Tag: united auto workers
In response to the United Auto Workers establishing a union local in Chattanooga, Tenn., anti-UAW Volkswagen employees have begun the process of forming their own union.
Though it won’t be until next September when Detroit Three employees in Michigan will be able to opt-out of paying dues to the United Auto Workers, one Ford employee has gone ahead with legal action to recoup some of his dues now.
The horse-trading between Volkswagen, the UAW and IG Metall that eventually led to both the UAW’s “voluntary union” and the new crossover’s production at Chattanooga isn’t quite over yet. Buried deep in VW’s announcement is the news that Volkswagen’s board member in charge of their global Works Council Bernd Osterloh will join the Volkswagen Group of Amerca’s Board of Directors.
Though the United Auto Worker’s fight for organization of the transplants in the Southeastern United States rages on, the union will not be taking as much from its war chest to fund the fight than in previous years.
Automotive News reports new United Auto Workers president Dennis Williams let it be known before the 1,100 delegates at the 36th UAW Constitutional Convention in Detroit that the union’s focus will be on contract negotiations with the Detroit Three in 2015, and the national elections of 2014 and 2016. Regarding the former, Williams proclaimed that the time for making concessions had come to an end, vowing to fight on for workers’ rights and social and economic justice. He also addressed the leadership history of the union, providing examples of the challenges each president has had to face during their term, even if the answers left the membership confused at first.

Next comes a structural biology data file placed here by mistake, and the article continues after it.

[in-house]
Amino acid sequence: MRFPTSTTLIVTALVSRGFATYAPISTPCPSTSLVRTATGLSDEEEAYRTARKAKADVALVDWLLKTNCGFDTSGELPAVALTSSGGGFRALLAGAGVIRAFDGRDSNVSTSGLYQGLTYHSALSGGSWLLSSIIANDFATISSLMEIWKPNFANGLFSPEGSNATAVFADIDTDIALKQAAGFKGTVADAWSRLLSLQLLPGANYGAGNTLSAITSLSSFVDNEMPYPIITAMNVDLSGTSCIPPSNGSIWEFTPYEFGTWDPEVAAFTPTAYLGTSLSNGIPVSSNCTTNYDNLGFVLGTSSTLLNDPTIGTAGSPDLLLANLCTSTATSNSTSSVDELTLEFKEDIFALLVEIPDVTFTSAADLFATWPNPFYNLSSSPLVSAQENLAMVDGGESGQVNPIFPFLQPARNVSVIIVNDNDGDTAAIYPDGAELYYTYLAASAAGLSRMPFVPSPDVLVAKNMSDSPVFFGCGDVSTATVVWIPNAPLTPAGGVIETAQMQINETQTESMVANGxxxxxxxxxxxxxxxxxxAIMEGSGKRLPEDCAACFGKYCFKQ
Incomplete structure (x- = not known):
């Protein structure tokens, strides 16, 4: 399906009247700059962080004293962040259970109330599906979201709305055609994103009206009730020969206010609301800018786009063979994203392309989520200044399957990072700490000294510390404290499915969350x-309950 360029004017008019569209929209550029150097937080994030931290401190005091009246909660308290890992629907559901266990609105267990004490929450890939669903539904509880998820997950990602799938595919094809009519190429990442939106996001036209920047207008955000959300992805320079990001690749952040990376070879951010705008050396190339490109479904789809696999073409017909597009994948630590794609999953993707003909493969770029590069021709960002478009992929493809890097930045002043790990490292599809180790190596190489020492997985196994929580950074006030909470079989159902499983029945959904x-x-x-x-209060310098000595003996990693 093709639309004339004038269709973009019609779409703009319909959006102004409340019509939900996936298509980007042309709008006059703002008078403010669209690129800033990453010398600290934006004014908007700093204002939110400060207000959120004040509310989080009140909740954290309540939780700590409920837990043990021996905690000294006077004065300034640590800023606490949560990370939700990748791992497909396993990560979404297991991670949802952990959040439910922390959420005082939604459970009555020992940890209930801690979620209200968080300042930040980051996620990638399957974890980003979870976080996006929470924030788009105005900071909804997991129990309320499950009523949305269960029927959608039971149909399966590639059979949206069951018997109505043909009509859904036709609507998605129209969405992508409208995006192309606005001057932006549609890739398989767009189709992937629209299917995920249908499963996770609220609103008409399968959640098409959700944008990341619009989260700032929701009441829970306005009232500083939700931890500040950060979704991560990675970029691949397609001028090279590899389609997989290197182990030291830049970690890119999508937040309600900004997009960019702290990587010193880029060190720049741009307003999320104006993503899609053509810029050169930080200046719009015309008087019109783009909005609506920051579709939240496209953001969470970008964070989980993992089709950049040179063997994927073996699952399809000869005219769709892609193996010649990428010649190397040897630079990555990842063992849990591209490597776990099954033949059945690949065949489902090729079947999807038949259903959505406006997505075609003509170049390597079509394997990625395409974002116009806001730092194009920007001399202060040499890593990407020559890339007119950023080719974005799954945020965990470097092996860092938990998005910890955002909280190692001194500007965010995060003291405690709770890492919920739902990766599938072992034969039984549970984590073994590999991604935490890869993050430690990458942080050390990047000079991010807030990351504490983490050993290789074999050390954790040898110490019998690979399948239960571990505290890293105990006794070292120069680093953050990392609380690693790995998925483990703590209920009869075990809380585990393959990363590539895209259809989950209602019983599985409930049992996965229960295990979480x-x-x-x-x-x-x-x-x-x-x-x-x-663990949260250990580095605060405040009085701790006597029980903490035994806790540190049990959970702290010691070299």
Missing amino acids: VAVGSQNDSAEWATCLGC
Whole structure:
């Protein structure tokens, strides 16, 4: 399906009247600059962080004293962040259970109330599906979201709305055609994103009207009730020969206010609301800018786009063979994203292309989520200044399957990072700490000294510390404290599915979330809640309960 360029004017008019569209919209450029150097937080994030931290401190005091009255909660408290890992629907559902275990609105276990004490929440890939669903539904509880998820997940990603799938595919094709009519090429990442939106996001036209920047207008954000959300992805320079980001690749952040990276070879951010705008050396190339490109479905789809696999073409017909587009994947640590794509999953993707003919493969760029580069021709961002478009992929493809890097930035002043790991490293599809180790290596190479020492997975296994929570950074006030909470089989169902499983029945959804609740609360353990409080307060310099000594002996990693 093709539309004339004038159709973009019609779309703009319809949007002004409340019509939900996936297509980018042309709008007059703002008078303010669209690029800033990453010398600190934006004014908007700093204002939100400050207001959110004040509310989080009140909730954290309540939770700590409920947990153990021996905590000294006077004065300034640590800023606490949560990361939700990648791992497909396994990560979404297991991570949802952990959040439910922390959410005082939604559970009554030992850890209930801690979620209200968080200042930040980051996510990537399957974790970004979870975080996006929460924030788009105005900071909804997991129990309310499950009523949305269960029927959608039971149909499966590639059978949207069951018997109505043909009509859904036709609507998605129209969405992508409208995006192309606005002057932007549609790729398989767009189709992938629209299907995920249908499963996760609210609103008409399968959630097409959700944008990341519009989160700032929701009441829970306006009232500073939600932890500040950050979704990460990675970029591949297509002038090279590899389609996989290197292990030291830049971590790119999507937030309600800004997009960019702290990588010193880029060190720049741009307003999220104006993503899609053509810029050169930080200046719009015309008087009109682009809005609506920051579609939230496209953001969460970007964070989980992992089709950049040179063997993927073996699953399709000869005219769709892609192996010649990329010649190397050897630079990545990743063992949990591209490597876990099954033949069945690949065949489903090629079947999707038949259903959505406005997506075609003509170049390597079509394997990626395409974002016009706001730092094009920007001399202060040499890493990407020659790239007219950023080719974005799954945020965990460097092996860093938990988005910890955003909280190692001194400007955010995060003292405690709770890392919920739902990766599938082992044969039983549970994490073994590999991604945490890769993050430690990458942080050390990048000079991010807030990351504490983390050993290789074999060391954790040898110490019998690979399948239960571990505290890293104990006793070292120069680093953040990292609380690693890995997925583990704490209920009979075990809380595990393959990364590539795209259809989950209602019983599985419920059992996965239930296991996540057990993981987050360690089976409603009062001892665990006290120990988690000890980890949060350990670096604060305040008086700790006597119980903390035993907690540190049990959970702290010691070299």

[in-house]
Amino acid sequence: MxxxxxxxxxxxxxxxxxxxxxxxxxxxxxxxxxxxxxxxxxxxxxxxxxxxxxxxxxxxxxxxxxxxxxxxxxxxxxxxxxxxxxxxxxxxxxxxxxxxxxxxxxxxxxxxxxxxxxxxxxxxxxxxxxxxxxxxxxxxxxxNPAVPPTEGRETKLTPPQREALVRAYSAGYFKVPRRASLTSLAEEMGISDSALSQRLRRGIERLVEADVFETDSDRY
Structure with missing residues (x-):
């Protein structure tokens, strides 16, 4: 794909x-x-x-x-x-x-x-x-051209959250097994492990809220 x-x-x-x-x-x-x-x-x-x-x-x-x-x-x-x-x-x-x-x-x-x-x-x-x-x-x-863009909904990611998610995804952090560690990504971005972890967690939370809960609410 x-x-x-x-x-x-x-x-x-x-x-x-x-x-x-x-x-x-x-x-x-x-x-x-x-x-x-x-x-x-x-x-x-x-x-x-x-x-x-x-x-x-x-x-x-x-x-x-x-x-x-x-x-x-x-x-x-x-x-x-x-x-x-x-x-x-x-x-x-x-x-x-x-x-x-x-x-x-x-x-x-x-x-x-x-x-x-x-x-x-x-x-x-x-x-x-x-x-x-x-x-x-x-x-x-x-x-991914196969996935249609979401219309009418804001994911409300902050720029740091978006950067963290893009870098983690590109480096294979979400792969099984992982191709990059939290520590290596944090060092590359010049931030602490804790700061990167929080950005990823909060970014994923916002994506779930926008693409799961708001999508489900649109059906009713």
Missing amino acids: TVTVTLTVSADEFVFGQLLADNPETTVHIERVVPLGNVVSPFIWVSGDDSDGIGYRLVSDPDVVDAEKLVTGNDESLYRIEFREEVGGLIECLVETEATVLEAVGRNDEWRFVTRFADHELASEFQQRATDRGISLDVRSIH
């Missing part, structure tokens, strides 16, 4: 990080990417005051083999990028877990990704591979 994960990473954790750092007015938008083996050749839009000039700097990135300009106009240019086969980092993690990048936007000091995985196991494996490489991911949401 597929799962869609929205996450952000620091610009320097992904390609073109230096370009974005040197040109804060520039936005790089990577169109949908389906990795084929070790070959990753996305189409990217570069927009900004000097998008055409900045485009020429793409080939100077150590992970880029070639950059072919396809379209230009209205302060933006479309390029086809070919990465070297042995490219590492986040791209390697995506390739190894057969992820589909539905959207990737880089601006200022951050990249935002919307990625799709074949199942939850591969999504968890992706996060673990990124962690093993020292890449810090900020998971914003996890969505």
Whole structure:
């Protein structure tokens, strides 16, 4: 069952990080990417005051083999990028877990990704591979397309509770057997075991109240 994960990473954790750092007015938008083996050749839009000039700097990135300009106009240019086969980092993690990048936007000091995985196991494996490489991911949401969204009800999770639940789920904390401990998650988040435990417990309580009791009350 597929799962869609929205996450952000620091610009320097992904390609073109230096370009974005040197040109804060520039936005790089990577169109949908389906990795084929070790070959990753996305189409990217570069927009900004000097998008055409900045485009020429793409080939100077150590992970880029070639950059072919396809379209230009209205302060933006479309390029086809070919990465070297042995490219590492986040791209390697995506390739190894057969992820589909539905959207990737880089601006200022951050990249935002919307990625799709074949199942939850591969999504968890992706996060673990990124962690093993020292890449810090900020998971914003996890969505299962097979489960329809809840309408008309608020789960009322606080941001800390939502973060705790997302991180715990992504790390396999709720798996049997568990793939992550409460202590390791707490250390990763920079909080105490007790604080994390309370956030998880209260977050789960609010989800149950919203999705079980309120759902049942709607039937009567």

Automotive News reports the United Auto Workers has elected secretary-treasurer Dennis Williams, who served in the role under now-retired president Bob King, as the union’s new president in a 3215 to 49 vote during the 36th UAW Constitutional Convention in Detroit. Williams, who came from the agricultural wing of the union, is the first union president not to have worked in the automotive industry.